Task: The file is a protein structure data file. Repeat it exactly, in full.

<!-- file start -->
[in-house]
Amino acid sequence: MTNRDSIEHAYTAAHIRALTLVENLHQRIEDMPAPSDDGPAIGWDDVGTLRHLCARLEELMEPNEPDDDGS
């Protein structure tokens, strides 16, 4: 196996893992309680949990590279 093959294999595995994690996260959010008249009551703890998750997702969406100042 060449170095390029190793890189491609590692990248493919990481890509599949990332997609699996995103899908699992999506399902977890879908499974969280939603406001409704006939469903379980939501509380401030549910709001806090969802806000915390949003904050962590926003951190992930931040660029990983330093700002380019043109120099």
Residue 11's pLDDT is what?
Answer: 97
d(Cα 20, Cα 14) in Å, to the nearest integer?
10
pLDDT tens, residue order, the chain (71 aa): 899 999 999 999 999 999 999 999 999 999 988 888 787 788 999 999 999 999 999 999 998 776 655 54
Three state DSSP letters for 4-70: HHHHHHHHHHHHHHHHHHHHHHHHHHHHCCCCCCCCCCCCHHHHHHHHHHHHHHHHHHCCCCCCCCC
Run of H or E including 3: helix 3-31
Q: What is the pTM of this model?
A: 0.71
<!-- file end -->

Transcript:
[in-house]
Amino acid sequence: MTNRDSIEHAYTAAHIRALTLVENLHQRIEDMPAPSDDGPAIGWDDVGTLRHLCARLEELMEPNEPDDDGS
């Protein structure tokens, strides 16, 4: 196996893992309680949990590279 093959294999595995994690996260959010008249009551703890998750997702969406100042 060449170095390029190793890189491609590692990248493919990481890509599949990332997609699996995103899908699992999506399902977890879908499974969280939603406001409704006939469903379980939501509380401030549910709001806090969802806000915390949003904050962590926003951190992930931040660029990983330093700002380019043109120099």
Residue 11's pLDDT is what?
Answer: 97
d(Cα 20, Cα 14) in Å, to the nearest integer?
10
pLDDT tens, residue order, the chain (71 aa): 899 999 999 999 999 999 999 999 999 999 988 888 787 788 999 999 999 999 999 999 998 776 655 54
Three state DSSP letters for 4-70: HHHHHHHHHHHHHHHHHHHHHHHHHHHHCCCCCCCCCCCCHHHHHHHHHHHHHHHHHHCCCCCCCCC
Run of H or E including 3: helix 3-31
Q: What is the pTM of this model?
A: 0.71